The Wisdom of Benjamin Franklin

By Morison, Samuel Eliot | The Saturday Evening Post, April 1990 | Go to article overview

The Wisdom of Benjamin Franklin

Morison, Samuel Eliot, The Saturday Evening Post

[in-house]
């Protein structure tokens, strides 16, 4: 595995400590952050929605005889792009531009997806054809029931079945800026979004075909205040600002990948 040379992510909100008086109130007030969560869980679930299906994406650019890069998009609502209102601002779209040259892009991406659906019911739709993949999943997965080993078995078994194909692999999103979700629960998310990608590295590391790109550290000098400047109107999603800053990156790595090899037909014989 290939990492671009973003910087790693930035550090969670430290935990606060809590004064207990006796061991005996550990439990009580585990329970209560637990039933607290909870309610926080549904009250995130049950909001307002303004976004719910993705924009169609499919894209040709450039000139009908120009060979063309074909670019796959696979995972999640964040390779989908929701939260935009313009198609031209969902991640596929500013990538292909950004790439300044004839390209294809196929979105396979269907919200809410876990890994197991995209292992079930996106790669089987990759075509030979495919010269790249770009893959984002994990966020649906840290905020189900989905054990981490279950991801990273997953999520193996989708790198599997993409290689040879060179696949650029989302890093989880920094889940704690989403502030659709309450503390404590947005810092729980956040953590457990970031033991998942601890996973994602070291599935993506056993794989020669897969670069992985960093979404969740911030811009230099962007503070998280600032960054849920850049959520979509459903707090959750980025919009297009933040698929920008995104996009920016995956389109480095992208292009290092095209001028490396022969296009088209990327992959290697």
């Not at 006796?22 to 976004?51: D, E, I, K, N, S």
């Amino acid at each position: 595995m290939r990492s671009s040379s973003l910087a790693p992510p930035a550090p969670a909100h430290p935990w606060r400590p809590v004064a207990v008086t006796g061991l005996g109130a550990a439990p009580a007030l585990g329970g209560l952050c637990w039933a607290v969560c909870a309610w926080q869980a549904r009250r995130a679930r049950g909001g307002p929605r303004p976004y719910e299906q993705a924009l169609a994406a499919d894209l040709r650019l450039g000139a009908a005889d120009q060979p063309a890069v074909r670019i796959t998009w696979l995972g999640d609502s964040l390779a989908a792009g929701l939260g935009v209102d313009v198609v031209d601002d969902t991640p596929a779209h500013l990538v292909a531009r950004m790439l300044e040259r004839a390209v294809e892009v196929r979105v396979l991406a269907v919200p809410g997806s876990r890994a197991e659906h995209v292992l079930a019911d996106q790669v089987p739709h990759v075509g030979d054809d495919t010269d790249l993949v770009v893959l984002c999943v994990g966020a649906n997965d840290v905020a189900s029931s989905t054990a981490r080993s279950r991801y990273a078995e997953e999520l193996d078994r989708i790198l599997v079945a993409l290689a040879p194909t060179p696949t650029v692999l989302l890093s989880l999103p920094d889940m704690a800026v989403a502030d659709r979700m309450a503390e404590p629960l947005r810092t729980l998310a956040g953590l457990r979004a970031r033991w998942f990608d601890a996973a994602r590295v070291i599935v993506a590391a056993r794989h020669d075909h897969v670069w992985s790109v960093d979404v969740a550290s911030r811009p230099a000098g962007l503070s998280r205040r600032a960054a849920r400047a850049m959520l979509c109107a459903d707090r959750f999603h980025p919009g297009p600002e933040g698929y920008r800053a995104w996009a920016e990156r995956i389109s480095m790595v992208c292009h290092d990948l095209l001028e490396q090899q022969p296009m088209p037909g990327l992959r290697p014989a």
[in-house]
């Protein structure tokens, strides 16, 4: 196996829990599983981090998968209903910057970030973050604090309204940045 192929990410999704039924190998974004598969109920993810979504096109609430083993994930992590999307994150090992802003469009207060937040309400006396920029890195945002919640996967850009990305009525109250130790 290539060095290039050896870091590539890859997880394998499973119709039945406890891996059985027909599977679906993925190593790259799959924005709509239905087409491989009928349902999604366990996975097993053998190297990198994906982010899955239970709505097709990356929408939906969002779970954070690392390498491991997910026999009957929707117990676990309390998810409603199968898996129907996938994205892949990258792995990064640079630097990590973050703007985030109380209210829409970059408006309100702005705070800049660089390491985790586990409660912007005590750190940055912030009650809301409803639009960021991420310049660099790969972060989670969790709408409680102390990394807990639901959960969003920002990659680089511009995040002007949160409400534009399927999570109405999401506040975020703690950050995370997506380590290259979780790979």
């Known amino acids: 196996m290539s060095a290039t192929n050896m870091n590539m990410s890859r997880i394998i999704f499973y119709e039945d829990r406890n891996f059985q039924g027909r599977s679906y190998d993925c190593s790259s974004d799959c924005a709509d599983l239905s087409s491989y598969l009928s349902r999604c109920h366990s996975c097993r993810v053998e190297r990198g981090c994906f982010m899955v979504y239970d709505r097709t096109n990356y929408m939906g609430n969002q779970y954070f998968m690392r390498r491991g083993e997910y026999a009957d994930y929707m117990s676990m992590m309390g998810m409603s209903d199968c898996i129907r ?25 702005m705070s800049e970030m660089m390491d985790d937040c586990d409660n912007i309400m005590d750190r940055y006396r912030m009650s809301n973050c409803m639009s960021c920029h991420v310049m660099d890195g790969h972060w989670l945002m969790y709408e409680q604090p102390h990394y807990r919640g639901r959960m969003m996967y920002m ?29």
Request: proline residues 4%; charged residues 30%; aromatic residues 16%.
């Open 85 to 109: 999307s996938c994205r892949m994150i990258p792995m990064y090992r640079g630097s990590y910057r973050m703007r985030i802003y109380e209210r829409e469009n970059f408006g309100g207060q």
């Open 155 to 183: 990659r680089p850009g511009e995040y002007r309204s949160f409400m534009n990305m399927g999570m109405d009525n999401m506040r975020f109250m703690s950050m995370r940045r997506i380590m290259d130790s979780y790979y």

Many great men in history have had little or no sense of humor, and George Washington was one of them; but Benjamin Franklin, the most versatile genius in American history, not only had a sense of humor but was one of the few people who could get a laugh out of George. The story he liked best was Ben's reply to die stuffy Englishman in 1775 who protested that it was foul ball for the Yankee Minutemen to fire at British redcoats from behind stone walls. Why?" asked Ben. "Didn't those walls have two sides?" George relished this so much that when he visited Lexington, Massachusetts, 14 years later, he told it to his guides, astonishing them with roars of laughter. And like most of Franklin's jokes, this had a moral to it: don't be mad at your enemy if he is smarter than you, but try to be smarter yourself. Franklin's humor, as revealed in his Poor Richard's Almanack, is always kindly, often earthy to the point of coarseness, but never bitter. He makes fun of pretense and stuffiness, but never sneers at poverty or ignorance. He is whimsical, as in his "Drinker's Dictionary," in which he gives more than 100 terms for drunkenness-some of which, like "fuddled." "stew'd," and "half seas over," have endured; but most, like "cherry merry," "as dizzy as a goose," and "loose in the hilts," have gone down the drain. He was a master of political satire, as in that fake edict of a German king proposing to tax England because the Anglo-Saxons originally came from Germany, and he excelled in the typically American humor of exaggeration. For instance, he warns passengers sailing down Delaware Bay in August not to be alarmed in hearing "a confus'd rattling noise, like a shower of hail on a cake of ice." It is the season of fevers and agues in the "lower counties"-the present state of Delaware-and the noise is the chattering of the inhabitants' teeth! Born in Boston in 1706, missing the Puritan century by only six years, Ben Franklin was three years older than Dr. Samuel Johnson and ten years older than Thomas Gray. Every other leader of the American Revolution belonged to a generation later than his; Washington was 26 years younger; Jefferson, 37 years younger; Hamilton might have been Ben's grandson and was, in fact, only 5 years older than Ben's grandson William Temple Franklin. Benjamin Franklin was old enough to have called on the Rev. Cotton Mather, who when approaching a low-hanging beam in his parsonage, between the living room and the library, gave young Ben a piece of advice he always remembered and acted upon: "You are young and have the world before you; stoop as you go through it, and you will miss many hard bumps." Expediency; or, accept the second-best if you cannot get the best, might have been Franklin's motto. He was always advising it in his almanacs, as, "Write with the learned, pronounce with the vulgar," and "Keep your eyes wide open before marriage, half shut afterwards." Ben Franklin set the pattern of the American success story. Though Ben was withdrawn from Boston Latin School within a year because, as the 10th son and 15th child in a tallow-chandler's family, his father could not afford the small tuition fee, Ben became, by his own efforts, one of the most learned men of his age. He would have enjoyed enduring fame as a scientist and philosopher had he never dabbled in politics. "Doctor Franklin" he was called, because he received honorary degrees from Harvard, Yale, St. Andrews, and Oxford; he could put "F.R.S." after his name as a fellow of the Royal Society of London and was elected corresponding member to most of the learned societies of Europe. At home he was the only American leader except Washington who commanded respect and confidence throughout the Thirteen Colonies, four of which (New Jersey, Massachusetts, Pennsylvania, and Georgia) appointed him their agent, or official lobbyist, in England. And his popularity went deep; he had the confidence of all classes. Robert Morris, Philip Livingston, and Cadwallader Colden were proud to have him to dinner; yet the frontiersmen of North Carolina proposed that he "represent the unhappy state of this Province to His Majesty. …

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